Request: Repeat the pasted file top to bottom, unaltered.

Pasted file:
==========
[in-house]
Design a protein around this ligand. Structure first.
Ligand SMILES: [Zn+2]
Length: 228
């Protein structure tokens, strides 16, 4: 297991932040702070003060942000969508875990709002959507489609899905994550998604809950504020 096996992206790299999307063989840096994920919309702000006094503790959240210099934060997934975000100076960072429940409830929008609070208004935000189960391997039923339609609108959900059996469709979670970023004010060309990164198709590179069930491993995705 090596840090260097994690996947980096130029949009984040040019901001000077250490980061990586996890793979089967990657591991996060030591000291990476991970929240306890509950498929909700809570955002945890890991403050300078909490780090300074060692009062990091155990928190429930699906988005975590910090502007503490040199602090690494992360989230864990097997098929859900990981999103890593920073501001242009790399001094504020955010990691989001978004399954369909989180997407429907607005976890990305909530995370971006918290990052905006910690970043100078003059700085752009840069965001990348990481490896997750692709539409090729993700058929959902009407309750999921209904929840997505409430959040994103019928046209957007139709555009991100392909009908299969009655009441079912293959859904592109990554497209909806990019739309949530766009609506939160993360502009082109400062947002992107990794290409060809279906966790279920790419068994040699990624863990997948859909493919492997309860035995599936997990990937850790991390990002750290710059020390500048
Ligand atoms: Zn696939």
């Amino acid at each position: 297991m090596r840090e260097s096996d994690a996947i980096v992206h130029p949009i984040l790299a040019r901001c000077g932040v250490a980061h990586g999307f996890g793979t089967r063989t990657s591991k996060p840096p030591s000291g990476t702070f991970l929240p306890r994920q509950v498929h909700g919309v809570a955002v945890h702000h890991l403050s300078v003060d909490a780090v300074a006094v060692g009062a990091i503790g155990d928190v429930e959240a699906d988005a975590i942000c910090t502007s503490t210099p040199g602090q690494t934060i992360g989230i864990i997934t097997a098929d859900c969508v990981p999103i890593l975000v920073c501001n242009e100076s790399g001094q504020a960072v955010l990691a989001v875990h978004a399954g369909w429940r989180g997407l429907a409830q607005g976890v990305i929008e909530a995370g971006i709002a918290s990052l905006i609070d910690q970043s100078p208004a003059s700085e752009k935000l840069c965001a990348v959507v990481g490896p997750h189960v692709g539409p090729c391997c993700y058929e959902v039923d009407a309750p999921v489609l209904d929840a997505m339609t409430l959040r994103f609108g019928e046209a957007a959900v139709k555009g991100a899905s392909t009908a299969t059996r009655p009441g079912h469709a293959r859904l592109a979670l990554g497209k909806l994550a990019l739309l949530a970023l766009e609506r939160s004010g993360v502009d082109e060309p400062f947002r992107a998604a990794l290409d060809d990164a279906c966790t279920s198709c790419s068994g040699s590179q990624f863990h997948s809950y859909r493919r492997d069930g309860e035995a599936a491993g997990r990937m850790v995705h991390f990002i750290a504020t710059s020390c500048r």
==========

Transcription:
[in-house]
Design a protein around this ligand. Structure first.
Ligand SMILES: [Zn+2]
Length: 228
């Protein structure tokens, strides 16, 4: 297991932040702070003060942000969508875990709002959507489609899905994550998604809950504020 096996992206790299999307063989840096994920919309702000006094503790959240210099934060997934975000100076960072429940409830929008609070208004935000189960391997039923339609609108959900059996469709979670970023004010060309990164198709590179069930491993995705 090596840090260097994690996947980096130029949009984040040019901001000077250490980061990586996890793979089967990657591991996060030591000291990476991970929240306890509950498929909700809570955002945890890991403050300078909490780090300074060692009062990091155990928190429930699906988005975590910090502007503490040199602090690494992360989230864990097997098929859900990981999103890593920073501001242009790399001094504020955010990691989001978004399954369909989180997407429907607005976890990305909530995370971006918290990052905006910690970043100078003059700085752009840069965001990348990481490896997750692709539409090729993700058929959902009407309750999921209904929840997505409430959040994103019928046209957007139709555009991100392909009908299969009655009441079912293959859904592109990554497209909806990019739309949530766009609506939160993360502009082109400062947002992107990794290409060809279906966790279920790419068994040699990624863990997948859909493919492997309860035995599936997990990937850790991390990002750290710059020390500048
Ligand atoms: Zn696939």
């Amino acid at each position: 297991m090596r840090e260097s096996d994690a996947i980096v992206h130029p949009i984040l790299a040019r901001c000077g932040v250490a980061h990586g999307f996890g793979t089967r063989t990657s591991k996060p840096p030591s000291g990476t702070f991970l929240p306890r994920q509950v498929h909700g919309v809570a955002v945890h702000h890991l403050s300078v003060d909490a780090v300074a006094v060692g009062a990091i503790g155990d928190v429930e959240a699906d988005a975590i942000c910090t502007s503490t210099p040199g602090q690494t934060i992360g989230i864990i997934t097997a098929d859900c969508v990981p999103i890593l975000v920073c501001n242009e100076s790399g001094q504020a960072v955010l990691a989001v875990h978004a399954g369909w429940r989180g997407l429907a409830q607005g976890v990305i929008e909530a995370g971006i709002a918290s990052l905006i609070d910690q970043s100078p208004a003059s700085e752009k935000l840069c965001a990348v959507v990481g490896p997750h189960v692709g539409p090729c391997c993700y058929e959902v039923d009407a309750p999921v489609l209904d929840a997505m339609t409430l959040r994103f609108g019928e046209a957007a959900v139709k555009g991100a899905s392909t009908a299969t059996r009655p009441g079912h469709a293959r859904l592109a979670l990554g497209k909806l994550a990019l739309l949530a970023l766009e609506r939160s004010g993360v502009d082109e060309p400062f947002r992107a998604a990794l290409d060809d990164a279906c966790t279920s198709c790419s068994g040699s590179q990624f863990h997948s809950y859909r493919r492997d069930g309860e035995a599936a491993g997990r990937m850790v995705h991390f990002i750290a504020t710059s020390c500048r």